- Target debuted a line of meal solutions in its private label brand, Archer Farms, according to Target's blog.
- The line will include 100 ready-to-heat, frozen meals including grilled fajita chicken strips, burrata lemon zest herb ravioli, and apple pecan quinoa salad. Each meal costs between $2.99 and $8.99.
- The new line of frozen meals is similar to Target's 2014 introduction of Archer Farms Mix and Match Meals, according to Progressive Grocer. Those meals could make 500 meal combinations to feed a family of four, but no longer appear on Target's website.
Ever since HelloFresh and Blue Apron came on the scene, other companies, CPG giants, grocers, and even restaurants like Chick-fil-A, have been pushing out their own meal kits. Target took a different route and developed meal solutions instead.
Target's solutions offer consumers a quicker way to get full meals without having to come home and spend time cooking. They also cut down on food and packaging waste, and generally cost less.
“We know our guests are always looking for time-saving measures, but we also know they’re not willing to compromise on quality or taste,” said Target’s website. Target's new offerings include many things popular with today's consumers, including international-inspired dishes, fast meals and diverse options.
Today’s shoppers lead busy lives and are reaching for frozen meals — which are on the rise for the first time in five years. In fact, 53% of dinners are planned within an hour of eating, according to the Hartman Group. Nielsen estimates annual U.S. sales of frozen food at $53 billion.
Millennials are especially interested in frozen meals, which can offer the ease and convenience — and increasingly, the flavors — they crave. Frozen meals are also generally cheaper than buying meal kits and eating out.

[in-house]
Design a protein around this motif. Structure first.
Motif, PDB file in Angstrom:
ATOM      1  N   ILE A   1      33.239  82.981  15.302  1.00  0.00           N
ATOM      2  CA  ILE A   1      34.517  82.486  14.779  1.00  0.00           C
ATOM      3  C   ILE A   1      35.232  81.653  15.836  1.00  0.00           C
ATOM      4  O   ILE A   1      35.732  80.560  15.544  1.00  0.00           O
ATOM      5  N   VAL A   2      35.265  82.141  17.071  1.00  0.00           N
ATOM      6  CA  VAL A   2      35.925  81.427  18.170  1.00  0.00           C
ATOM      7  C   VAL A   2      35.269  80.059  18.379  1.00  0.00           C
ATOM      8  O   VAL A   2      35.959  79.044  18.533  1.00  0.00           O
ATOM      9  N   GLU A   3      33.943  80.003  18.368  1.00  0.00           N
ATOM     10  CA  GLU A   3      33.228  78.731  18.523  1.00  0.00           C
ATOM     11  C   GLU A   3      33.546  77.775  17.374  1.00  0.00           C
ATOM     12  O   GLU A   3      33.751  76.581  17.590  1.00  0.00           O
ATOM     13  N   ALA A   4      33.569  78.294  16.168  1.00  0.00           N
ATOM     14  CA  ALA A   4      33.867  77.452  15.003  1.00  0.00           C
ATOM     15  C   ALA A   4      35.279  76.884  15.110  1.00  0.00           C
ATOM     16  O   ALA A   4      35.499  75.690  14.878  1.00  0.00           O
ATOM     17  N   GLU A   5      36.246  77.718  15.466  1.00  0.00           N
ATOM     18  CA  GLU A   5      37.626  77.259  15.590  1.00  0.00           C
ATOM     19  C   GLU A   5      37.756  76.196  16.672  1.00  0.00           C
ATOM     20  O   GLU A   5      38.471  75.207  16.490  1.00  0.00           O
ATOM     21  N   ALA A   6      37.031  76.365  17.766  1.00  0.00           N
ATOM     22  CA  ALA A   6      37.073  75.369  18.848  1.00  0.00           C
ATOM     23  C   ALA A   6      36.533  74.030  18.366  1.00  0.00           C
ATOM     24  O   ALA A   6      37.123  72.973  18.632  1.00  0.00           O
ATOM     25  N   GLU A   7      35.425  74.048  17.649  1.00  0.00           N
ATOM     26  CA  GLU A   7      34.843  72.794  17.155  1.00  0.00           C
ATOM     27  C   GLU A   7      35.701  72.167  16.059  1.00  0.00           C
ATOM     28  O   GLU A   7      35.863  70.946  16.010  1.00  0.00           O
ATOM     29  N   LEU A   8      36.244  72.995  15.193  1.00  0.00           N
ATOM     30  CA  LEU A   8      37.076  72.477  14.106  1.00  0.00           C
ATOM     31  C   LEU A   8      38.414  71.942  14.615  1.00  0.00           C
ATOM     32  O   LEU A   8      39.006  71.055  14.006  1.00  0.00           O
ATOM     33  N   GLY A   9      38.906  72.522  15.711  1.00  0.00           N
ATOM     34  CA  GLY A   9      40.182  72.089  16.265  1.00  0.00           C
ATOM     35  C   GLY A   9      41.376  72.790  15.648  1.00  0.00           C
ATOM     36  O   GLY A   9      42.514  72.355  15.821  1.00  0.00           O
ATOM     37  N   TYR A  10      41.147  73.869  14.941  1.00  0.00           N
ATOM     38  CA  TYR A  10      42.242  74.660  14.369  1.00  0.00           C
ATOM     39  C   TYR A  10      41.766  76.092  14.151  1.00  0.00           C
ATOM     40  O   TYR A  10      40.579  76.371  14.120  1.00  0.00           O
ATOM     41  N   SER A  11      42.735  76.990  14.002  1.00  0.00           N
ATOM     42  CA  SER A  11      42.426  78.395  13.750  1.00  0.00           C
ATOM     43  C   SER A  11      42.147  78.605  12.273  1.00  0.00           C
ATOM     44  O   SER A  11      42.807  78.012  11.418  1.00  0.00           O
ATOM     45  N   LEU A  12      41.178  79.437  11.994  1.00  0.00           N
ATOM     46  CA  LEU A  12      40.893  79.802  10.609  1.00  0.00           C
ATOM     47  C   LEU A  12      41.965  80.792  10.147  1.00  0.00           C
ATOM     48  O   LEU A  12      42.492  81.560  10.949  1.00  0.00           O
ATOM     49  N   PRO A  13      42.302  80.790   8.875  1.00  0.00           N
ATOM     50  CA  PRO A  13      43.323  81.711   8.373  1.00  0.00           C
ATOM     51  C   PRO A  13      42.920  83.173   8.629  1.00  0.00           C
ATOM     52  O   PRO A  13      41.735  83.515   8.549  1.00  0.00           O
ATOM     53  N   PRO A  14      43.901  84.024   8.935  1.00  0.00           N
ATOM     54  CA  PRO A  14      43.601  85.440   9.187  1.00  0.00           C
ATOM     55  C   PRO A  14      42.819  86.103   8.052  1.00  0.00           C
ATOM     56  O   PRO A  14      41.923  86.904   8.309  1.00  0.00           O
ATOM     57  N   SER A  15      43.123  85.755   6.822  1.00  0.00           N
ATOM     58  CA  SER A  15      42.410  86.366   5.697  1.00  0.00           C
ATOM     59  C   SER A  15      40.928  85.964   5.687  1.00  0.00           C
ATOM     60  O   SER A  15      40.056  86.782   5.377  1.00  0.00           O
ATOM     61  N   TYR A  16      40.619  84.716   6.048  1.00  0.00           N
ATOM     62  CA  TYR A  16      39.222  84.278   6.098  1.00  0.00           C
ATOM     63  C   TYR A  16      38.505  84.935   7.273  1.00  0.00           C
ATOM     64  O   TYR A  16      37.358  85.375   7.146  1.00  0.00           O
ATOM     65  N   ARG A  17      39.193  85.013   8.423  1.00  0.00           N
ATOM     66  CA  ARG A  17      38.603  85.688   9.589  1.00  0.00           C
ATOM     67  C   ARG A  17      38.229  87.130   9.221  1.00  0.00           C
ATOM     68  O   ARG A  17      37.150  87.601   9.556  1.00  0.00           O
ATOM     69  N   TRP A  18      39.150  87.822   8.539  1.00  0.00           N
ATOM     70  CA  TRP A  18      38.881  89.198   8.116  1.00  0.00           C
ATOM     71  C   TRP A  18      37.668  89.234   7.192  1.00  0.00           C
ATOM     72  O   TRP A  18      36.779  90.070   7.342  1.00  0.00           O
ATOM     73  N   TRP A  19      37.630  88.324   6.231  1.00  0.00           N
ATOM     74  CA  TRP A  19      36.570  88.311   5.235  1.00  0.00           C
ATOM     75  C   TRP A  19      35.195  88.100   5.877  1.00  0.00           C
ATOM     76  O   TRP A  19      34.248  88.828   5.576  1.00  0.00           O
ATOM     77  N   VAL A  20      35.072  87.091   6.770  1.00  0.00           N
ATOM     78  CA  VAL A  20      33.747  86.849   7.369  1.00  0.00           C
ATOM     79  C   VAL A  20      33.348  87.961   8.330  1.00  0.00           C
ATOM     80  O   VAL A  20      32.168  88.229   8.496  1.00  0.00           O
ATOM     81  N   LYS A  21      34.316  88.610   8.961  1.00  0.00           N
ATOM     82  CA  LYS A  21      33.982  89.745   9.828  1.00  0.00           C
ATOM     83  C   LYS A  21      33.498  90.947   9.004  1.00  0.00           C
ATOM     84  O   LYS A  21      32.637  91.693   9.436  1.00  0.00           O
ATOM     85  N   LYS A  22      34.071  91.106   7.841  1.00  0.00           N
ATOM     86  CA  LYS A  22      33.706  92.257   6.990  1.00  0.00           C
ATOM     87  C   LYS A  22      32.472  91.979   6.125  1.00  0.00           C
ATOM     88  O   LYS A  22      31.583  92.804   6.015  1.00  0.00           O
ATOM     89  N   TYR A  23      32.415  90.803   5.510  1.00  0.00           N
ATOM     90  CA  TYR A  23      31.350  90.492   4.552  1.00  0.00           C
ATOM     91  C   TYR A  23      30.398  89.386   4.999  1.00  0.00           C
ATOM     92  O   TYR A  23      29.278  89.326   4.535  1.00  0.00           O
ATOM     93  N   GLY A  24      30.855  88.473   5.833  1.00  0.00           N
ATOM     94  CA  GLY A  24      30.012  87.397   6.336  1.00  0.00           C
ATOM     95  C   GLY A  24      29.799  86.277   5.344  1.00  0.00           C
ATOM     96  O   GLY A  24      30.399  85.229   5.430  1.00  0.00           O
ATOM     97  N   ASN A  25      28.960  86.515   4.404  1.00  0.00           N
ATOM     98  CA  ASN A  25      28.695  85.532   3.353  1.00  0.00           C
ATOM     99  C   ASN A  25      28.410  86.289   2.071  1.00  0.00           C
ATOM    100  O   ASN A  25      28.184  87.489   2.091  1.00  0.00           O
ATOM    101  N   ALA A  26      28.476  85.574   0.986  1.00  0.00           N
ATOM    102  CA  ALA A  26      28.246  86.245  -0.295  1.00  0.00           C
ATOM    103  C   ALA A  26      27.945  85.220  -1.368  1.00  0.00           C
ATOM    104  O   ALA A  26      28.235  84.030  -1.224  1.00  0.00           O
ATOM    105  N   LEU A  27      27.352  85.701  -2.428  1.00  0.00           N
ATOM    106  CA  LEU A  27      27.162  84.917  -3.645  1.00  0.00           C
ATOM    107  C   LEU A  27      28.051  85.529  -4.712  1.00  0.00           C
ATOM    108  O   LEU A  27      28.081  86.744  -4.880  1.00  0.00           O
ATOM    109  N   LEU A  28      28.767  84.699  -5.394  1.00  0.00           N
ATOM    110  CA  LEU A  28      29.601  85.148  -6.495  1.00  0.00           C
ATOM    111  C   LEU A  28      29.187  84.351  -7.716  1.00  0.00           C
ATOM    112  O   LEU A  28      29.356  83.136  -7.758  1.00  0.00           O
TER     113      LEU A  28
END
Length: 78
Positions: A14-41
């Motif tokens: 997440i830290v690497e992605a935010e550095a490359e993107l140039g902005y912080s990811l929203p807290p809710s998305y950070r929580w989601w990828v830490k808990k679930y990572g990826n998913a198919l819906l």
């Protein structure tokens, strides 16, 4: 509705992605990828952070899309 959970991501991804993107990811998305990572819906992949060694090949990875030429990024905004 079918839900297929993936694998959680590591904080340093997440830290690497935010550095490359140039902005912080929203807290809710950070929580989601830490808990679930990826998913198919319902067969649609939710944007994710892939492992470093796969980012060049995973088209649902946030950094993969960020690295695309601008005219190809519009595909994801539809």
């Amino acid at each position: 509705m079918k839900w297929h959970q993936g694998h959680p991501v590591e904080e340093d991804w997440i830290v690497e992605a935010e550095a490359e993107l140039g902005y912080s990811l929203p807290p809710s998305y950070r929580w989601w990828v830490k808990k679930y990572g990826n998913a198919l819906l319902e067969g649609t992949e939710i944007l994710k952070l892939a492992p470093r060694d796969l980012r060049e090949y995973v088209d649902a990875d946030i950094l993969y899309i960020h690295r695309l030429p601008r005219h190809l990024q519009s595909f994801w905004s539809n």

Target's move to skip out on meal kits and enter meal solutions could be because the meal kit industry is over-saturated. The retailer can offer consumers a different way to get their meals, as well as bump up the number of products under its private label brand.
Target, sometimes seen as a premium version of Walmart, has been making recent progress to improve its struggling grocery business. The retailer has been focusing on store remodels, offering fresh products and expanding its organic produce offerings. It's also entered the prepared foods space, selling premium sushi in a few of its small-scale stores.
It’s going to take a lot more than adding meal solutions for Target to improve its grocery business, but the expansion of its Archer Farms line could signal that the company is taking its grocery development seriously. Target’s private label food offerings are still far behind other grocers, but offering meal solutions could be a good move for Target if they meet consumers' demands of fresh and organic offerings, sustainable ingredients, unique flavors and options for dietary restrictions.